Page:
In a more serious situation, do you have somewhere safe you can stay in the long term? You may want to write down the numbers of any nearby shelters or research details of your state’s rental assistance programs and your local rental market. We don’t want to have to rely on any of this, but sometimes having all your bases covered can help you feel safer entering a scary situation.

Naming grief: When things go badly, especially if it means we lose friends, family, and support systems, we can feel very real grief for those losses. It’s okay to sit in that and recognize it as grief and to be sad about it, especially if someone has reacted in a way that’s made you feel uncomfortable, needy, or like you’re causing a fuss. Your response is super valid, no matter what someone else has said to you.

If things get difficult, it can be really helpful to remind yourself that you planned for this. There’s a list to follow, people and professionals to get in touch with, and love to receive. Whether it all goes to hell in a hand basket, or you find yourself closer than ever to the people you’ve come out to, you’re going to be okay, no matter what.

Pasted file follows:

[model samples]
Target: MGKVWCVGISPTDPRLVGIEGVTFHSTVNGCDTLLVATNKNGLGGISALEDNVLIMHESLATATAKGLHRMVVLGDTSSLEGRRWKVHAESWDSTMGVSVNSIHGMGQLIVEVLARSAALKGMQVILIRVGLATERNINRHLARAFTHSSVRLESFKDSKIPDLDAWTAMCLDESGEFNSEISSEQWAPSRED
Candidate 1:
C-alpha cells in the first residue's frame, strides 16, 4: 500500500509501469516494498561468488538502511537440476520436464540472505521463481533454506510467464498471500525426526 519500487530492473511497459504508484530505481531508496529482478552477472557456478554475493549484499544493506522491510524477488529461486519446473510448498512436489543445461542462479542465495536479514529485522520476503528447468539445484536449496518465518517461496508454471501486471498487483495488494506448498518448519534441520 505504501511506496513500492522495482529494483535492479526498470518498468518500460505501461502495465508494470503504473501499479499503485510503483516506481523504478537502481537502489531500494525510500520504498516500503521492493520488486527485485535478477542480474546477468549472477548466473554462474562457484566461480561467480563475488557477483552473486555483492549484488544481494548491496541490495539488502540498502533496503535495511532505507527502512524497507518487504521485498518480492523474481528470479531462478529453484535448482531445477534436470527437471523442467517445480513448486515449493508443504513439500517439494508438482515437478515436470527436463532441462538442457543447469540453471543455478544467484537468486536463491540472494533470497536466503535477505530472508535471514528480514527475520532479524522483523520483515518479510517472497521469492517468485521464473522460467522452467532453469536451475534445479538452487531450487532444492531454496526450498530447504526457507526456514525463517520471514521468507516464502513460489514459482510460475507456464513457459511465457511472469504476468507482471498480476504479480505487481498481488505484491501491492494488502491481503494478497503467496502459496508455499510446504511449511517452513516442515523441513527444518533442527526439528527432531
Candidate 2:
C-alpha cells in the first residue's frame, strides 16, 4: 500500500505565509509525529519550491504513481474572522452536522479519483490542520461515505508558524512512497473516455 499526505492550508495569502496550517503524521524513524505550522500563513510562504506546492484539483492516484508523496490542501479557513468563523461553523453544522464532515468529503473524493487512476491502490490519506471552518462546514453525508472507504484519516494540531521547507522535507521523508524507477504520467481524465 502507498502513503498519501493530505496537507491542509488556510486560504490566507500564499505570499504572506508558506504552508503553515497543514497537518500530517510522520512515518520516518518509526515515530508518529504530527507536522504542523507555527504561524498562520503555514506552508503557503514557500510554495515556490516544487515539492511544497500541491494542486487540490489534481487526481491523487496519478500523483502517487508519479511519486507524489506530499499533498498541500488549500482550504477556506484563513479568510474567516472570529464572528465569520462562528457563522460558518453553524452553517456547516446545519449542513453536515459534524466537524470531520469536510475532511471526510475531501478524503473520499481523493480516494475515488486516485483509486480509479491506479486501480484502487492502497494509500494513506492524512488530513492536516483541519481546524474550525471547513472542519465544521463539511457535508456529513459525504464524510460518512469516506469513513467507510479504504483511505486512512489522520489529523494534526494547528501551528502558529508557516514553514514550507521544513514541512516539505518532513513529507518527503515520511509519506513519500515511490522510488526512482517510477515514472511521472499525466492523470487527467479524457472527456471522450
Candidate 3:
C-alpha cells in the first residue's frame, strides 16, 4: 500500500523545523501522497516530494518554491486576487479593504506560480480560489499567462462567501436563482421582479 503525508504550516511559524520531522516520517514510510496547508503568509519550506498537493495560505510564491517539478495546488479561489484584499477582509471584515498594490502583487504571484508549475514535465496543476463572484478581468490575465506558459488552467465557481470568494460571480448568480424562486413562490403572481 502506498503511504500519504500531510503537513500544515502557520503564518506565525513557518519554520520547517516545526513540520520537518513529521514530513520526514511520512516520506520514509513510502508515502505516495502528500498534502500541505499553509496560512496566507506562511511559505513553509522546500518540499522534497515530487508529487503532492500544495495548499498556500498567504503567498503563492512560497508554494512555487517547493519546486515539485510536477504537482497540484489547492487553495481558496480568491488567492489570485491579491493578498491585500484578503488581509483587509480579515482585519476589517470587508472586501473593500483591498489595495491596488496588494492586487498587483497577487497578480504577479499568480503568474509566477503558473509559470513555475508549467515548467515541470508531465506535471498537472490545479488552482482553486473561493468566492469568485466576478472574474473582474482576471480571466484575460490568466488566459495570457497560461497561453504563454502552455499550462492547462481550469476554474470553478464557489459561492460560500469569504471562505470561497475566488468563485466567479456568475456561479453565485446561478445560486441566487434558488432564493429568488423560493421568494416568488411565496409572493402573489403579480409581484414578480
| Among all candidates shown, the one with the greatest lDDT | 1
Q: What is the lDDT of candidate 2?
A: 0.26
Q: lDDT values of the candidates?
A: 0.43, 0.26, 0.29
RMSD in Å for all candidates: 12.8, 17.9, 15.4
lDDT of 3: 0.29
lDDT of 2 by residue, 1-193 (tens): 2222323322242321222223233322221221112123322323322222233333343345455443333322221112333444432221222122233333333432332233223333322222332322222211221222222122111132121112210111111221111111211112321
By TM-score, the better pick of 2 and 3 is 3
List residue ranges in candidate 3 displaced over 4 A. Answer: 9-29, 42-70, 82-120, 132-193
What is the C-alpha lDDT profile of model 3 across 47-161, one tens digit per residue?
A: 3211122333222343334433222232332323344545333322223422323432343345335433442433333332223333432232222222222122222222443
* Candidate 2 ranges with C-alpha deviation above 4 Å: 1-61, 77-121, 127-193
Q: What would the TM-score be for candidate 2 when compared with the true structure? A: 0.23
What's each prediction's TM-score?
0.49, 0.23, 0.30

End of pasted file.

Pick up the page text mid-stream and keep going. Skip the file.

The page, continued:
6. WHEN DOES IT GET EASIER?

As we’ve said, coming out is not something that happens just once. However, the more we do it, and the more support we have around us that we can rely on, the easier it gets. It takes work to get there, but it’s not only possible but eminently achievable.

No matter what happens, remember: you’ve planned for this. You know where your exits are, who’s on your team, and where you can find support, whether it’s from friends, partners, family members, folk on the internet or anyone else you know will be there.

Our sexual or gender indentities aren't the only things that define us, so it can be super disappointing when one or both become the thing by which we are defined and judged by others. You are so much more than just your gender or your sexual identity (even though those things are amazing)! Coming out also offers us the opportunity to find people who will accept, love and cherish us -- romantic or sexual partners, platonic friends, chosen family -- and who will see our sexualities and genders as part of the beautiful, shining part in the amazing kaleidoscopic whole that makes up a human being.

In feeling these emotions and having these doubts, you are treading in the footsteps of so many people. Get ready to embrace the universe of love that is out there. Queer, trans and gender-nonconforming people are not going anywhere, and the ashes we keep rising from have forged us into the strong, loud and vibrant communities we are today, communities we are proud and happy to have you as a part of.